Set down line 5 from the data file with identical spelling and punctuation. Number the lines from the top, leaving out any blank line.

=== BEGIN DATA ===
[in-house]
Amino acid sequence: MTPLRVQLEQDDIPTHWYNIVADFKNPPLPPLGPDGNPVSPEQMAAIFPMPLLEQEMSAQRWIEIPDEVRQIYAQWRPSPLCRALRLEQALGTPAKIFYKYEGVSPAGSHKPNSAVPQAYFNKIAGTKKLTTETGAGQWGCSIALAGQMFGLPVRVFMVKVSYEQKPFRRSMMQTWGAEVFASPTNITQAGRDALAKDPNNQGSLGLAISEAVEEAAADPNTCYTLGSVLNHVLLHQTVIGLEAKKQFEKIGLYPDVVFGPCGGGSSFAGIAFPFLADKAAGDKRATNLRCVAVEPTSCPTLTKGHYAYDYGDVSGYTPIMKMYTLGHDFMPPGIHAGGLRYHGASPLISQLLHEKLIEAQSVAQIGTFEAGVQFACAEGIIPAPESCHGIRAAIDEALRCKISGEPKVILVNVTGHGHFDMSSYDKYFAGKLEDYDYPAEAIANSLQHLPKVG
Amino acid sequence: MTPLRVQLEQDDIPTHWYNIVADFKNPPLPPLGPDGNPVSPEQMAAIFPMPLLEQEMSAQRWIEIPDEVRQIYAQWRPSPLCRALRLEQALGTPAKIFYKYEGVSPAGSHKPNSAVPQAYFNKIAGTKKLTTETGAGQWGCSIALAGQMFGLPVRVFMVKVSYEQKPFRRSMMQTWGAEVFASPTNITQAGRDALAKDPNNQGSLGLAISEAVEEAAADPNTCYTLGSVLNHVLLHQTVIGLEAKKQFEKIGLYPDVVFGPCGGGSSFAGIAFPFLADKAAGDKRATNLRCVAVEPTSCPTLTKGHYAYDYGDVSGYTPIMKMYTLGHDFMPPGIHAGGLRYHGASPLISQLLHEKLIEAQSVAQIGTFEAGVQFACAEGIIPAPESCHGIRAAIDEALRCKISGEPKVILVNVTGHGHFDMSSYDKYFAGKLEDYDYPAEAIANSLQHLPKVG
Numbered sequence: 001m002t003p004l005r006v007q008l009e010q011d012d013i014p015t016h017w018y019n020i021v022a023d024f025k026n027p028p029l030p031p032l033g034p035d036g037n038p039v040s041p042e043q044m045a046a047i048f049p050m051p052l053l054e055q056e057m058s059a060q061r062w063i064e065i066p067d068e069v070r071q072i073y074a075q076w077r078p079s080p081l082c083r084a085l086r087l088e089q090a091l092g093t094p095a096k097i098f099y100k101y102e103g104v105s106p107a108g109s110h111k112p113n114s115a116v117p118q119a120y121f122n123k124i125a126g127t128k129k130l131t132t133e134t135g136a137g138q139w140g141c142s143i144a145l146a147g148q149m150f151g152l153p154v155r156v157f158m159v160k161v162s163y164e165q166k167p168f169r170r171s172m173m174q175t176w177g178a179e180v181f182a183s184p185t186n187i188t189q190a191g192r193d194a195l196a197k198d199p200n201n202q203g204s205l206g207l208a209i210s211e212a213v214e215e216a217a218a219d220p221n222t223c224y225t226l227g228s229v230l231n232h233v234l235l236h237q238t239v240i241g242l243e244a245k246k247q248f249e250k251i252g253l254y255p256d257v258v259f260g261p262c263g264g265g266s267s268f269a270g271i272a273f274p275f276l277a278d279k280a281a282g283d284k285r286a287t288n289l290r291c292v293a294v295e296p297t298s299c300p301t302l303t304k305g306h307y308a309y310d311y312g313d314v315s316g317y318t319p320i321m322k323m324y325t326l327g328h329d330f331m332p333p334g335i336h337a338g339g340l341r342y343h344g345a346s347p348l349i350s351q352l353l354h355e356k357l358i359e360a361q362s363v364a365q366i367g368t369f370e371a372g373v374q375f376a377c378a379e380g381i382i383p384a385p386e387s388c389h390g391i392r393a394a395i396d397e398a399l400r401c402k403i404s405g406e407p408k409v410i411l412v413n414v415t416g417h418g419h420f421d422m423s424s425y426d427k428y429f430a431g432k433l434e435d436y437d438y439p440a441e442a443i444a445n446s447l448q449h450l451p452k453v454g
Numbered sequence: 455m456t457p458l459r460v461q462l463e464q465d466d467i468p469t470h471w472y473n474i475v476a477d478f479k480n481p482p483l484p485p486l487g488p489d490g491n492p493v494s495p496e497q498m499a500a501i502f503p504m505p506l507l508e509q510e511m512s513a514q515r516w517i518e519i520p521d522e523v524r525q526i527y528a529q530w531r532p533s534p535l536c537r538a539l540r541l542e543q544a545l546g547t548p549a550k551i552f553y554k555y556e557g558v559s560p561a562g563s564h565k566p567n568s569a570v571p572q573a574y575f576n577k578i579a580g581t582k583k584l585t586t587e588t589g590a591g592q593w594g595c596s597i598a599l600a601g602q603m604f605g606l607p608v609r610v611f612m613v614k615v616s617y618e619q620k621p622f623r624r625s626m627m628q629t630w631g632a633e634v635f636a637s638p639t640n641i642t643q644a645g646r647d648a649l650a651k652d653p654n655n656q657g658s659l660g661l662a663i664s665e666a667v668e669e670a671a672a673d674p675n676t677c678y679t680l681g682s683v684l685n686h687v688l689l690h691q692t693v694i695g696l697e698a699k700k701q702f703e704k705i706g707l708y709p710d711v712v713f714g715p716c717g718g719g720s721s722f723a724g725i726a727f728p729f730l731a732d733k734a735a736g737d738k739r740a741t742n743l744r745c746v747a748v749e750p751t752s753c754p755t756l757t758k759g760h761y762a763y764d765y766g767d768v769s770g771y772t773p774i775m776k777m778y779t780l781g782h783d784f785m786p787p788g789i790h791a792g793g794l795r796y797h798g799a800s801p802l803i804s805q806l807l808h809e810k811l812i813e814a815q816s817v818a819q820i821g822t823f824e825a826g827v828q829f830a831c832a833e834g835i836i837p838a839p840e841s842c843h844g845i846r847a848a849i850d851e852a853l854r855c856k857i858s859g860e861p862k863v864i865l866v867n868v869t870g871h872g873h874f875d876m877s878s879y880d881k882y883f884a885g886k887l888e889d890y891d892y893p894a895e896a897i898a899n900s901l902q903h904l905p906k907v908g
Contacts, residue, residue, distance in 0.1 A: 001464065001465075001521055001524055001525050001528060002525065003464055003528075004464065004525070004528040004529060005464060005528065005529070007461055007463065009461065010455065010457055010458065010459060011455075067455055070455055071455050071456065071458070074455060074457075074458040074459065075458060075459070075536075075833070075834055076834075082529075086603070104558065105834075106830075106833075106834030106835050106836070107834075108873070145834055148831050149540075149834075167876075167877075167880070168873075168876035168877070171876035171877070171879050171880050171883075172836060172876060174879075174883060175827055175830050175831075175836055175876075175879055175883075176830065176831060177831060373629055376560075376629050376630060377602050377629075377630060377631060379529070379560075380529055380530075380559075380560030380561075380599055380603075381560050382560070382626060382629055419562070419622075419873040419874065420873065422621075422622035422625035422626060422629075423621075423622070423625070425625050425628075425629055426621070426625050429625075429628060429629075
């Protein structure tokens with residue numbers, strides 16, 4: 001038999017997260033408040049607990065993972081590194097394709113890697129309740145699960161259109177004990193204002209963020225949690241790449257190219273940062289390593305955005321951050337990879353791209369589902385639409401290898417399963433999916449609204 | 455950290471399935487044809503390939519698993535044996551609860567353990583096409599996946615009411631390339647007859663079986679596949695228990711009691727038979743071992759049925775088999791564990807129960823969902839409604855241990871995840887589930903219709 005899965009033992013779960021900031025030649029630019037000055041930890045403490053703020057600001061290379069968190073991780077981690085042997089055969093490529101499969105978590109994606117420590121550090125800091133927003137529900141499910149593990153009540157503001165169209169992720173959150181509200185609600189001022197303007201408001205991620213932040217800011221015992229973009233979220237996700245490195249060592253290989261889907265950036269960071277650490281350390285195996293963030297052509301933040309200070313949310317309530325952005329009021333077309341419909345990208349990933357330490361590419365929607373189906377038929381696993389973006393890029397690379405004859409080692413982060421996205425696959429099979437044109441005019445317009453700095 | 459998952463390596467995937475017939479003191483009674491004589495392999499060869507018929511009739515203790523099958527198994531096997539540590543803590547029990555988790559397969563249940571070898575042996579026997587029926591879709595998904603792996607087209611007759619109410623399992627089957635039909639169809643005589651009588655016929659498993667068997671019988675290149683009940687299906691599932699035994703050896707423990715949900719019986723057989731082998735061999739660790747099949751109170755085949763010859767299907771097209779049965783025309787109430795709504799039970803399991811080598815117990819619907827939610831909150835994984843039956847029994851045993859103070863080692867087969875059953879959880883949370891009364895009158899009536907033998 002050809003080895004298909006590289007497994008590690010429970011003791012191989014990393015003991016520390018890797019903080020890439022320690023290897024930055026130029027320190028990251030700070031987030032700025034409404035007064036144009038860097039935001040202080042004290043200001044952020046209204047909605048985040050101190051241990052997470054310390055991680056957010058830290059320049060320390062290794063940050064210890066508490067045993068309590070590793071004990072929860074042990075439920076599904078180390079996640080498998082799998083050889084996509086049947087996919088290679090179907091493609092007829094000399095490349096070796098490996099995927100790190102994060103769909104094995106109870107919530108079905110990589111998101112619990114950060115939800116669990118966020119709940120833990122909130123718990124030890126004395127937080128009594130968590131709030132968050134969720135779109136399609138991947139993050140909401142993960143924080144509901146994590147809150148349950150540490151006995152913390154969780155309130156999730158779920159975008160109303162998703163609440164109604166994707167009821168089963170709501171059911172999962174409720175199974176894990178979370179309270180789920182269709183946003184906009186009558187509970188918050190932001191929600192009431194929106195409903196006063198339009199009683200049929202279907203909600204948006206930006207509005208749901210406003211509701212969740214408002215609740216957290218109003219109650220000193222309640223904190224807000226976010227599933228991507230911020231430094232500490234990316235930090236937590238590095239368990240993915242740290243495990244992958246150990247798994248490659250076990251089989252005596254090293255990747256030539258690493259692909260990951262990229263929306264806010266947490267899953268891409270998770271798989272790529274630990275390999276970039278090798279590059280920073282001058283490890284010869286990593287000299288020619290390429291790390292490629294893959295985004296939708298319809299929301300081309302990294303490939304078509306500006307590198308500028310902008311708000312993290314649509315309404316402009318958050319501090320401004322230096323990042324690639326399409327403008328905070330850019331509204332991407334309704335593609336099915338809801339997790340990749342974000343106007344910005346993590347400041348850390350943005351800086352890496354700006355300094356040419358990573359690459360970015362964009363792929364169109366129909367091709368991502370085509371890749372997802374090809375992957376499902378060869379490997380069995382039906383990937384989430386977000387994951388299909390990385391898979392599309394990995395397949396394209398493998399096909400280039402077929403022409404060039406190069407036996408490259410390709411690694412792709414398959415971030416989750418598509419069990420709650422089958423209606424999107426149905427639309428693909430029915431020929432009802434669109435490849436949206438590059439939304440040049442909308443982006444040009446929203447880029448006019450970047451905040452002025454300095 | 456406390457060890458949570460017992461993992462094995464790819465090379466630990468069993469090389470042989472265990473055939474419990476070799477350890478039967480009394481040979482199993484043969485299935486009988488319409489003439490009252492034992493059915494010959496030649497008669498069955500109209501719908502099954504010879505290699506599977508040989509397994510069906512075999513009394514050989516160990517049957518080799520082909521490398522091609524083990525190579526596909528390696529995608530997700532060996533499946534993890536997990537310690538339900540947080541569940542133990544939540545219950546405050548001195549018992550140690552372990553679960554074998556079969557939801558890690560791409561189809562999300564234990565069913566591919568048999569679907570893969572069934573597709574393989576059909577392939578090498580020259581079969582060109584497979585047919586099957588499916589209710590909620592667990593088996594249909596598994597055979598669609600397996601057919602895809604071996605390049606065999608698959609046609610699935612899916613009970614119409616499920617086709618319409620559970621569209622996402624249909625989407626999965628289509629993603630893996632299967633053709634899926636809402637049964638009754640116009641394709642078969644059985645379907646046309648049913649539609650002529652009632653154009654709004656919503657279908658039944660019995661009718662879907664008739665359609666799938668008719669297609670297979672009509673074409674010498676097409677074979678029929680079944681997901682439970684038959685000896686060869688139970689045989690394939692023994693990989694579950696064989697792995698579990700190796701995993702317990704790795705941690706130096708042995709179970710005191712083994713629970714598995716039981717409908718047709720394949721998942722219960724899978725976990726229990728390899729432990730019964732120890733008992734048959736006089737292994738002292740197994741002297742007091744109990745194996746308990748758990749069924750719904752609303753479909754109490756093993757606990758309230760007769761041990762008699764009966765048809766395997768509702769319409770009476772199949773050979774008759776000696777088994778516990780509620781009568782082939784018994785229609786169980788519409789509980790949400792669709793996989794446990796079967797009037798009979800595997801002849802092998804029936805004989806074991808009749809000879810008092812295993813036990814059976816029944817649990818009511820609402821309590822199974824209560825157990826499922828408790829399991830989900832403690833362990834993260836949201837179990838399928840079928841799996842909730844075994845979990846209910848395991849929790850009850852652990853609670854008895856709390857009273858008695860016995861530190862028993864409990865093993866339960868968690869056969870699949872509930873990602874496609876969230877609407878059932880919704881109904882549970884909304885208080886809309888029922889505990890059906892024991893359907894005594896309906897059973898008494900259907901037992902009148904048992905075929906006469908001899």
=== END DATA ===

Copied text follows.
Numbered sequence: 455m456t457p458l459r460v461q462l463e464q465d466d467i468p469t470h471w472y473n474i475v476a477d478f479k480n481p482p483l484p485p486l487g488p489d490g491n492p493v494s495p496e497q498m499a500a501i502f503p504m505p506l507l508e509q510e511m512s513a514q515r516w517i518e519i520p521d522e523v524r525q526i527y528a529q530w531r532p533s534p535l536c537r538a539l540r541l542e543q544a545l546g547t548p549a550k551i552f553y554k555y556e557g558v559s560p561a562g563s564h565k566p567n568s569a570v571p572q573a574y575f576n577k578i579a580g581t582k583k584l585t586t587e588t589g590a591g592q593w594g595c596s597i598a599l600a601g602q603m604f605g606l607p608v609r610v611f612m613v614k615v616s617y618e619q620k621p622f623r624r625s626m627m628q629t630w631g632a633e634v635f636a637s638p639t640n641i642t643q644a645g646r647d648a649l650a651k652d653p654n655n656q657g658s659l660g661l662a663i664s665e666a667v668e669e670a671a672a673d674p675n676t677c678y679t680l681g682s683v684l685n686h687v688l689l690h691q692t693v694i695g696l697e698a699k700k701q702f703e704k705i706g707l708y709p710d711v712v713f714g715p716c717g718g719g720s721s722f723a724g725i726a727f728p729f730l731a732d733k734a735a736g737d738k739r740a741t742n743l744r745c746v747a748v749e750p751t752s753c754p755t756l757t758k759g760h761y762a763y764d765y766g767d768v769s770g771y772t773p774i775m776k777m778y779t780l781g782h783d784f785m786p787p788g789i790h791a792g793g794l795r796y797h798g799a800s801p802l803i804s805q806l807l808h809e810k811l812i813e814a815q816s817v818a819q820i821g822t823f824e825a826g827v828q829f830a831c832a833e834g835i836i837p838a839p840e841s842c843h844g845i846r847a848a849i850d851e852a853l854r855c856k857i858s859g860e861p862k863v864i865l866v867n868v869t870g871h872g873h874f875d876m877s878s879y880d881k882y883f884a885g886k887l888e889d890y891d892y893p894a895e896a897i898a899n900s901l902q903h904l905p906k907v908g